Categories: Industry Leaders, SA Valuer Blog1537 words5.8 min read

Meet our Industry Leaders: Saul du Toit

DATE

Aug 4, 2022

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Saul du Toit
Saul du ToitProfessional Valuer
Founder: Appraisal Corporation

Industry leader: Meet Saul du Toit

Every month, SAIV profiles some of our most established property valuers who have become leaders in the industry due to many years of experience. This month we are profiling Saul du Toit, a professional valuer and founder of Appraisal Corporation, to find out more about his 40 years’ experience valuing, the risks he sees facing the industry, and his advice to others looking to pursue a career in valuations.

What made you pursue a career in property valuations?

I completed two years of national service in mid-1982 and I was meant to start with civil engineering studies at Stellenbosch the following year. I visited a friend in Pretoria, through whom I met Mr Hans Kleynhans, a senior Department of Public Works valuer. He told me about his work and the fact that the 1982 Valuer’s Act just came out and what incredible opportunities exists in this field. As an ignorant boy from the Namib desert this was a world of which I was certainly not aware, and this incredible person even took me with him on field work to give me a feeling for what the work entails. I loved the fact that work is not office bound, that it contained components of so many other disciplines (legal, planning, engineering, etc.) and that it will take you to interesting places.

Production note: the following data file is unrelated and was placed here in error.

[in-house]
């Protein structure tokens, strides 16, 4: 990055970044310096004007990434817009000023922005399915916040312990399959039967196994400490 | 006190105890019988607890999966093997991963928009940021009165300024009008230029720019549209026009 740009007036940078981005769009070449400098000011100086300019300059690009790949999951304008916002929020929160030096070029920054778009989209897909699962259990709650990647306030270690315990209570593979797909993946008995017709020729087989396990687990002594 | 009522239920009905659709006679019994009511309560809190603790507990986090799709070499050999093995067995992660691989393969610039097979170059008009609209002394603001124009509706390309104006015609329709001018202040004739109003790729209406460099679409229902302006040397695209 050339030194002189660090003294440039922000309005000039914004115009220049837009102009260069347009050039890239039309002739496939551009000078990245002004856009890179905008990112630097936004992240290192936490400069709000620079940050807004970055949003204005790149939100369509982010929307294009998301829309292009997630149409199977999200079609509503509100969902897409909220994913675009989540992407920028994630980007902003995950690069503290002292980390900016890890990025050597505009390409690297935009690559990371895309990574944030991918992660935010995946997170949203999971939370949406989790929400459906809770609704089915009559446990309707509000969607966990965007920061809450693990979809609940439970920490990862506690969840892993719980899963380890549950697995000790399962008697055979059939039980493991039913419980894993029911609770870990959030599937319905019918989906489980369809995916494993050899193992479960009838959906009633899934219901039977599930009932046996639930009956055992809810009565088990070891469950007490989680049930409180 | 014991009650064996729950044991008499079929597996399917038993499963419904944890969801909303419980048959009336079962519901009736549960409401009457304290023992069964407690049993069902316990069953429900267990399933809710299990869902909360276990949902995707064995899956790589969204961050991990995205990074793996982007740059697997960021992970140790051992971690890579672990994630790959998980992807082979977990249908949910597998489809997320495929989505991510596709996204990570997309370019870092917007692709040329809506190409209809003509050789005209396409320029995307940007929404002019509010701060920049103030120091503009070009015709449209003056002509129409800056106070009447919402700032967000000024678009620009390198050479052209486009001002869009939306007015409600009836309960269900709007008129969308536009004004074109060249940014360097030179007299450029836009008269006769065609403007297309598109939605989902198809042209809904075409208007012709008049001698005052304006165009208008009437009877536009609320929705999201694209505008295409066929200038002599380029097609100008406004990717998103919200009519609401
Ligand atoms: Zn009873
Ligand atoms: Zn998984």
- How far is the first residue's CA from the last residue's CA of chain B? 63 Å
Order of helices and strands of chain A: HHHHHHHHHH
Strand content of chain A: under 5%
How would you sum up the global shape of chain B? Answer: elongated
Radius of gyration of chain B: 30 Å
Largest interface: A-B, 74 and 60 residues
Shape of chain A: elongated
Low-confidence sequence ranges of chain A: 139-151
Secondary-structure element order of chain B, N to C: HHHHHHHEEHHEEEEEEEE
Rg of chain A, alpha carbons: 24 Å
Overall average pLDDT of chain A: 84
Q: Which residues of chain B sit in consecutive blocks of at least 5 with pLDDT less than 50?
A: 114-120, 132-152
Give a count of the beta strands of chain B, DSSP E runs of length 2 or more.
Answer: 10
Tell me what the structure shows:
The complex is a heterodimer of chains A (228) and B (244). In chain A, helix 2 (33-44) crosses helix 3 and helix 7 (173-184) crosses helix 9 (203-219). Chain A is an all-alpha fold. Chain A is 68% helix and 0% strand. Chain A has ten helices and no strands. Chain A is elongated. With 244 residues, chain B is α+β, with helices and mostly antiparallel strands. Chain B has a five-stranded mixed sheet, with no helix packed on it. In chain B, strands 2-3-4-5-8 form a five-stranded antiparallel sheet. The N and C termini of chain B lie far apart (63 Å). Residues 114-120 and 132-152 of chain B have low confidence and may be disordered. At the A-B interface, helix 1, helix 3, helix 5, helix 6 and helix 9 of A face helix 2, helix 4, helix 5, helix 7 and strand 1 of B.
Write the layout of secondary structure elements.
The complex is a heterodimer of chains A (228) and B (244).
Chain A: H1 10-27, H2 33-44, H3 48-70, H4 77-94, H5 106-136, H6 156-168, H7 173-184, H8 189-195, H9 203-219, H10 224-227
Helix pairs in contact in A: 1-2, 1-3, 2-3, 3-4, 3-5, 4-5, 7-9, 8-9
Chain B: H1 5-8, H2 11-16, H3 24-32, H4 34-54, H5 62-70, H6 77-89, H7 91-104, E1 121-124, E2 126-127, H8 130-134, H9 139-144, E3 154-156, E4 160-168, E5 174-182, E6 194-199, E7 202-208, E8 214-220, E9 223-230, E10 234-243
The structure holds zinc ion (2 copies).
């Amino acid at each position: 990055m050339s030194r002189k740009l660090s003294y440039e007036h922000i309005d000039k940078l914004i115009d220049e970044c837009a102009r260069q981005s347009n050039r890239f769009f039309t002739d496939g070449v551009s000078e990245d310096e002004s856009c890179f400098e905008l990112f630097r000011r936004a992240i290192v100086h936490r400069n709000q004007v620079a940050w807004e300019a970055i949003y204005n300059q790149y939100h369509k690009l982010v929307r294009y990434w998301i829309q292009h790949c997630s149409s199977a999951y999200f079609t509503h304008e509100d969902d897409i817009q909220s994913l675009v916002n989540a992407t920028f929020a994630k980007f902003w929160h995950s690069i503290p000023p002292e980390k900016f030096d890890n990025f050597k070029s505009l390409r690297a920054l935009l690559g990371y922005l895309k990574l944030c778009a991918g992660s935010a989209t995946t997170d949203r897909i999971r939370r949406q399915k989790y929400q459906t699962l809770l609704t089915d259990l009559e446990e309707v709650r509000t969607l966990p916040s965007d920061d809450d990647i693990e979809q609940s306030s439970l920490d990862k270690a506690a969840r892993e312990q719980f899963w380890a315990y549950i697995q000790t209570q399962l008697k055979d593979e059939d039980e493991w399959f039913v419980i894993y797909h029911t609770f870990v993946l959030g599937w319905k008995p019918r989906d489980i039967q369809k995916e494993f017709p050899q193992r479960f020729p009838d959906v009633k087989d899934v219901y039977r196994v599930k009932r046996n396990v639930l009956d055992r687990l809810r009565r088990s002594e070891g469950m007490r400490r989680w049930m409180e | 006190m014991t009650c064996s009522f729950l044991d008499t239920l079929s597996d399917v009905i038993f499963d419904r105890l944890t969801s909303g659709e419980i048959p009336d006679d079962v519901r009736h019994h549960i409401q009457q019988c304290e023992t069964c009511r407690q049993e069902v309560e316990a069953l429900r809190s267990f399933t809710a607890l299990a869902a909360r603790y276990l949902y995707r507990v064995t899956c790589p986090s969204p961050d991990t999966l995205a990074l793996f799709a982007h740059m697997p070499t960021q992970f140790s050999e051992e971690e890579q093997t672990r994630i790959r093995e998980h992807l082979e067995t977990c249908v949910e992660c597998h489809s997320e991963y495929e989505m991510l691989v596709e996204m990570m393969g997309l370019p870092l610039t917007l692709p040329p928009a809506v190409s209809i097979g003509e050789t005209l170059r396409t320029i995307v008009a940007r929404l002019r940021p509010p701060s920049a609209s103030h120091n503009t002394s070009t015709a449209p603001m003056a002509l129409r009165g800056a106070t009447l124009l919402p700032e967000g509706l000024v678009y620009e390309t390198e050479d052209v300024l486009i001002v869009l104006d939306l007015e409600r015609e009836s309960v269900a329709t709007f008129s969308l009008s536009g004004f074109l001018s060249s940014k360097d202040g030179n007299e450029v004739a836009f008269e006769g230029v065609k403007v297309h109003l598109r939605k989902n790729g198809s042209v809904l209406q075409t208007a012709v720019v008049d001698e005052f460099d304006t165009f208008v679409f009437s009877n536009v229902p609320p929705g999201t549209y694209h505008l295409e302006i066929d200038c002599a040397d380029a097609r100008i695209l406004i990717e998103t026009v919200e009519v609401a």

Due to this influence, I started working at the Transvaal Peri-Urban Board in Pretoria, in October 1982, as a Valuer in Training. I worked from February 1982 to February 1987 for Jordaan Jonker & Associates (Pty) Ltd (the late Jorrie Jordaan & Koos Jonker), as a Valuer in Training, and qualified as an Associated Valuer. This was during the period when they started the infamous Masterbond (what exciting times). Thereafter, I joined J.H. Boshoff Valuations in Centurion.

I always wanted to move back to the coast and the Fairest Cape had been calling for a long time. In August 1988 I moved to Cape Town and started my current business, working from the flat in Sea Point which I rented. From the outset I was blessed in this endeavour of building up Appraisal Corporation, which now has beautiful offices in an 1860 cottage (“Woodford Cottage – from where the 1895 Jameson raid was planned).  Every day I walk into this office and speak to my wonderful staff, and I am inspired from anew.

Who do you think has had the biggest influence on your career today, and why?

It is difficult to think of a single person, as there are some many incredible valuers I have met, and who all in their way have had an influence. A special mention of valuers Mr Hans Kleynhans, Chris Robertse, Jorrie Jordaan, Dieter Aust, John Boshoff, Gert Wilkinson and Tim Moulder. They all had an exceptional passion for valuations, together with extraordinary logic, which puts a certain magic to what we do.